EXPANDING ENERGY GENERATION

Another key intervention was the securing of sufficient and reliable energy supply within two years.

Ramaphosa said that government was accelerating the implementation of the Integrated Resource Plan to provide a substantial increase in the contribution of renewable energy sources. This, he said, would bring about 11,800 MW of new generation capacity into the national power grid by 2022. He, however, said that in the immediate term, agreements would be finalised with independent power producers to connect oer 2,000MW of additional capacity from existing projects by June 2021.

The work to restructure Eskom into three entities was continuing, Ramaphosa added, and would enhance competition and ensure the sustainability of independent power producers going forward. He further added that a long-term solution to Eskom's debt burden would be finalised.

'LOCAL IS LEKKER'

While acknowledging the steady decline over many years in the country's manufacturing base, the president said that government was going to support a massive growth in local production and make South African exports much more competitive. This would be achieved by building on the work that was being done in a number of areas before the pandemic struck, such as he pledges secured from the first two South African Investment Conferences.

He said that government would enforce policies to ensure that all public infrastructure projects used locally-made materials, including steel, bricks, cement and other components. Social partners had also agreed to support a massive 'buy local' campaign for the upcoming festive season, with a particular call to support women-owned enterprises, small businesses and township enterprises.

"We call on every South African to contribute to our recovery effort by choosing to buy local goods and support local businesses. This is one way that each and every one of us can contribute to building a new economy," President Ramaphosa said.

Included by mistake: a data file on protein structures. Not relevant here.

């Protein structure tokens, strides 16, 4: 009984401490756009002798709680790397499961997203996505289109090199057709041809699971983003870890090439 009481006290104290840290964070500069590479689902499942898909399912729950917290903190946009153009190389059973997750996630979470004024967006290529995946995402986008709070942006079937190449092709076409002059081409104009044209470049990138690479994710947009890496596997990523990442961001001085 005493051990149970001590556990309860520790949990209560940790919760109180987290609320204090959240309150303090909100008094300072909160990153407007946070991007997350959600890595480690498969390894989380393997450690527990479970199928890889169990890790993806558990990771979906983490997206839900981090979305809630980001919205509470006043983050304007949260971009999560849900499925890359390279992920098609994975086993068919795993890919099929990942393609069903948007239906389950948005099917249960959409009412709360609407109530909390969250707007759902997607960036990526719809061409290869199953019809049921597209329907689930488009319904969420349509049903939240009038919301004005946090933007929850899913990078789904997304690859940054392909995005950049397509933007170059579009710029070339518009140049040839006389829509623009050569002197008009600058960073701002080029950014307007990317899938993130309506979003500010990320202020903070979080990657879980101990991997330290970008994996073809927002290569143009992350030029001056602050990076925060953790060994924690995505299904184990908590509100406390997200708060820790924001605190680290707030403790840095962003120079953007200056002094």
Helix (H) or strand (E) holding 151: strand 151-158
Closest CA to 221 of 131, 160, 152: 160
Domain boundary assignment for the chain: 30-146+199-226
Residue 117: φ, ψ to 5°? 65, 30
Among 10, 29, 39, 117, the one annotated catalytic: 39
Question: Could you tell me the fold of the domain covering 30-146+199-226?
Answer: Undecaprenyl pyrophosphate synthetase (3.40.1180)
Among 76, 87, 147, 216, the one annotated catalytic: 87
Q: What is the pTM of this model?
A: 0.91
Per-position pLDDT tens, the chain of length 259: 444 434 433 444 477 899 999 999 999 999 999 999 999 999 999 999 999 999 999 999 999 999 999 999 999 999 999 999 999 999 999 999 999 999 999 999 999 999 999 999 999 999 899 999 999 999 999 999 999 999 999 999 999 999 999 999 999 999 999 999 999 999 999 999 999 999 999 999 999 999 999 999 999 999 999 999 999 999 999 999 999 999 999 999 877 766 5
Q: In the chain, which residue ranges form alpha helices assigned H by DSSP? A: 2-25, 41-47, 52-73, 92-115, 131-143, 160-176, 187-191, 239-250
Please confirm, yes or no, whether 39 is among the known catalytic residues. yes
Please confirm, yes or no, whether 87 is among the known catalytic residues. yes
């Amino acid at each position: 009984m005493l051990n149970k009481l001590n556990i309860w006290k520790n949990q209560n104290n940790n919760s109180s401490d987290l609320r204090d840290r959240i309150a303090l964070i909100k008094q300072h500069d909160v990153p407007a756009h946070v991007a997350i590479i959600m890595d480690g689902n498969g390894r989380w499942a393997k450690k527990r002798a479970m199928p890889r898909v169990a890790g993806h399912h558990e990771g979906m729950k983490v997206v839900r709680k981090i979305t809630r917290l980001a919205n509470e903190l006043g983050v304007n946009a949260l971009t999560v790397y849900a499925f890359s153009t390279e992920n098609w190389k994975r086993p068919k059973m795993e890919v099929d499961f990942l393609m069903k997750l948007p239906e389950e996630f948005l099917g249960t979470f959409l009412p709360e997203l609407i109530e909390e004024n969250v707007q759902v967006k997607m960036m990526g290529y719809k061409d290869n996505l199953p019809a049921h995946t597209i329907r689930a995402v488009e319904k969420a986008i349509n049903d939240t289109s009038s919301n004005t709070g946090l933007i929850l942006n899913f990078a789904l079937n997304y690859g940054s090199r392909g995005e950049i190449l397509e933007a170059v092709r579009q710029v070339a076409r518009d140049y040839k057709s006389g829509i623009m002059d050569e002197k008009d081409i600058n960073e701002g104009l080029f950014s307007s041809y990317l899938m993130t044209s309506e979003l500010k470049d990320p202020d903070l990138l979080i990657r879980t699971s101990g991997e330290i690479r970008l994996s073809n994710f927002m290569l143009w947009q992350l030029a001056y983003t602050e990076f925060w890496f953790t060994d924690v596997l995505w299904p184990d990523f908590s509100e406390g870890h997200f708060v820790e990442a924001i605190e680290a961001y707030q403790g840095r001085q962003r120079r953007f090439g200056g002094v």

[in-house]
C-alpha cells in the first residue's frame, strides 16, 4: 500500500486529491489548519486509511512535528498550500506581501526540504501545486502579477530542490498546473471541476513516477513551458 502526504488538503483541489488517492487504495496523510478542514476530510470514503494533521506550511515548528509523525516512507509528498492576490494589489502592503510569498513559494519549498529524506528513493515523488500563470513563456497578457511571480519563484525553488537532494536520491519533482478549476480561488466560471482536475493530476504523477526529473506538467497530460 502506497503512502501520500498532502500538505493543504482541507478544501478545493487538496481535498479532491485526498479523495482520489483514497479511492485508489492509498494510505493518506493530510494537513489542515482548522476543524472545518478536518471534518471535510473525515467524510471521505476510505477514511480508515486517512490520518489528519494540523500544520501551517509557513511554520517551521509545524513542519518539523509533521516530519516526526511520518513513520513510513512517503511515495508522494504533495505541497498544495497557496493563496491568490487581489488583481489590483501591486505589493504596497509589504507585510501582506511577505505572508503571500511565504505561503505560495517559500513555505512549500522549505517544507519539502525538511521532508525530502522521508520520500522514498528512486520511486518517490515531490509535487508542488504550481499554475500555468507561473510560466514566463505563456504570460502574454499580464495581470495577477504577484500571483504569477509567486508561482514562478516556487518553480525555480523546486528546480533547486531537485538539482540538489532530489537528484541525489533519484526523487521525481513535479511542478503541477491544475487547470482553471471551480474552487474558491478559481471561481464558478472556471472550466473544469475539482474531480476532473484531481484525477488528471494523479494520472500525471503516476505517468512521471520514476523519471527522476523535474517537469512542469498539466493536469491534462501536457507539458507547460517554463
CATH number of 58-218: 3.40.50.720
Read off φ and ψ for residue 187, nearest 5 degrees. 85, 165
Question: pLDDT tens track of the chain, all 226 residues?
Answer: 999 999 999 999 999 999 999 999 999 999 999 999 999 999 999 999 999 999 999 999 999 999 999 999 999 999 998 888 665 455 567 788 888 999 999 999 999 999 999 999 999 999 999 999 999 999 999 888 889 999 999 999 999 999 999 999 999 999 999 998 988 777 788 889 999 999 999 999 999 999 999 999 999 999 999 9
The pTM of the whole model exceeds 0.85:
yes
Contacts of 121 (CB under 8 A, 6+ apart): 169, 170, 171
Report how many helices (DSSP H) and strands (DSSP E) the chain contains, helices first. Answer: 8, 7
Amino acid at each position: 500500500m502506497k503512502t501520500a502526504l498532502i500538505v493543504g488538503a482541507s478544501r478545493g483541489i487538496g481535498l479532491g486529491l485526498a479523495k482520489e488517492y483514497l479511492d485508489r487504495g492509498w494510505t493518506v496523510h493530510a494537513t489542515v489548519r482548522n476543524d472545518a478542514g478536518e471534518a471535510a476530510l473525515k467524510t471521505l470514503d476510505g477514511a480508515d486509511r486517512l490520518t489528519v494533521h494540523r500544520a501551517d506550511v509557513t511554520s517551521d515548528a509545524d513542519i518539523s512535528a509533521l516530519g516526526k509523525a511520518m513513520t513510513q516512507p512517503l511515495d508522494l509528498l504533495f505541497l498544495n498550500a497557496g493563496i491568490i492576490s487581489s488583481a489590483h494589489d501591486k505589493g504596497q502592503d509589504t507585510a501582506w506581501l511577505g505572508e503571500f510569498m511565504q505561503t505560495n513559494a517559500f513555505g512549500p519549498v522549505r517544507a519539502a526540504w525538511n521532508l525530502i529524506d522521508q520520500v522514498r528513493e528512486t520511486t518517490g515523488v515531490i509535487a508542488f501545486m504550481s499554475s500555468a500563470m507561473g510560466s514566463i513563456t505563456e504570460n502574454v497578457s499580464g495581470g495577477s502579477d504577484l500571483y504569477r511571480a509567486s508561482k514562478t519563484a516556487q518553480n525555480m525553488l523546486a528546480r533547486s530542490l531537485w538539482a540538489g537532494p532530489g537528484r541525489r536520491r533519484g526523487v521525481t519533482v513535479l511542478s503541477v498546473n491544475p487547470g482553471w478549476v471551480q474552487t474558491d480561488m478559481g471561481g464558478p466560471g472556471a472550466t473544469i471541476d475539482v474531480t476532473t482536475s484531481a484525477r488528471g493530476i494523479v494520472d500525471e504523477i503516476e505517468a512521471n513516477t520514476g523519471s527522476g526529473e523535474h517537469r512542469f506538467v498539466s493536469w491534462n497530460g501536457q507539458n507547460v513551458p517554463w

NO POLITICAL INTERFERENCE IN WORK OF LAW AGENCIES

"Decisive action against crime and corruption is essential to inclusive growth," the president said as he announced measures to strengthen law enforcement agencies to enable them to deal with corruption and fraud.

Ramaphosa assured South Africans that there would be no political interference in the work of law enforcement agencies as they rooted out corruption. The president said that government would strengthen the framework to ensure that political office-bearers in all levels of government did not do business with the state.

He said that a Joint Rapid Response Team at both a national and provincial level would respond to the illegal occupation of construction sites and also deal with criminals soliciting protection money from businesses. He added that government was also working to clamp down on the illegal economy and illicit financial flows.

A National Economic Recovery Council will provide political oversight and decision making on the plan.

Ramaphosa said that South Africa stood at a crucial turning point in the history of the country and that the ability to get the economy reignited rested with the decisions that were taken in this moment and the urgency with which the crisis was addressed.

He, though, was confident that together, South Africans would be able to build a new economy.